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Writing in a Digital World

shodanYou do not own your ideas. Your thoughts, once committed to bytes, become part of the endless ether staining the screens of everyone with a monitor, an internet connection, a cell phone, a tablet, or even one of those smart TV’s with the fancy remotes that make browsing the internet feel like navigating with a bar of soap. Welcome to the world of the digital. You’ve been here for quite some time, you just didn’t know it. For centuries (if you’re a house fly, years if you’re a human) the digital divide has been looming over wordsmiths like a constantly evolving artificial intelligence, listening to everything we write, every thought we spill. OK, yes, that was a stretch. I just wanted an excuse to use a SHODAN graphic.

Authors like J.K. Rawlings have resisted the trend to publish digitally while others like Stephen King have embraced it. Regardless of the fear behind the decision, the truth is that every author should have the right to decide for themselves. However, once you go digital, your choice is made. As irrevocable as picking peppers for a pizza topping. You can try to remove them, but some flavor lingers, forever tainting your slices.

The idealists like to believe the internet exists for the free exchange of ideas. Let’s not forget the system was designed by DARPA to let generals exchange digital porn in the event of a nuclear attack. In the aftermath of Snowden’s revelation, we are reminded that the internet does not forget. As long as disk arrays exist without suffering cascade drive failures, information will persist, even those insane twitter feeds from people who post things that look like hitler.

As more journals and publications go digital, it’s wise for any writer to think of the bigger picture. E-publishing is unavoidable, and doesn’t have to be an enemy if you’re aware. While I’ve gone on record to say the number of e-publishing self-publishing success stories are far fewer than Amazon wants us to believe, success is certainly possible. Everyone who creates content, writers and musicians and even that guy who make toothpick sculptures, walks a fine line between value and availability. The biggest mistake the recording industry made was a failure to embrace digital. Technology outpaced availability, and .MP3’s were born along with Napster Bad, Money Good! The motion picture industry is undergoing the same challenges, but is embracing digital a bit more readily, if not entirely correctly.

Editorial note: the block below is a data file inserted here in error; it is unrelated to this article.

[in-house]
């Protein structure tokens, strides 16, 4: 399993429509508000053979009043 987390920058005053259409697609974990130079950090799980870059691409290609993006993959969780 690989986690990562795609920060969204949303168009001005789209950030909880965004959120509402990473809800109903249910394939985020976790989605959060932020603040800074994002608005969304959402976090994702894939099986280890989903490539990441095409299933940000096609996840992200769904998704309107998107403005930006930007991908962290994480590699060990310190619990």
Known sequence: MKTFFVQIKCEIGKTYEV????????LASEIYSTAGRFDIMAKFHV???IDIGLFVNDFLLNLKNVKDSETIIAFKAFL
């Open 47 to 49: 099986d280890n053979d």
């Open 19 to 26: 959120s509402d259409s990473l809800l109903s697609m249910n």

E-books are a natural transition. With hundreds of millions of smart phones and PC’s, the world already has a wealth of readers along with the Kindles and Nooks and Sony readers flooding the market. For the short-story writer, your digital rights revert back to you once your work has been published. Even if published online, you are free to do with that short prose what you will, unless of course you’ve signed a contract giving away certain rights. It’s typical for most e-journals to retain digital rights for a year, and even when not requested, it’s often understood. The point of publishing great work is in getting the public to the journal’s web site, not necessarily driving the public to your site – hold off on putting that story up on your own site until sufficient time has passed. A year is good, or you could wait for the next Mayan apocalypse.

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Written by Jack


Website: http://www.thejackking.com

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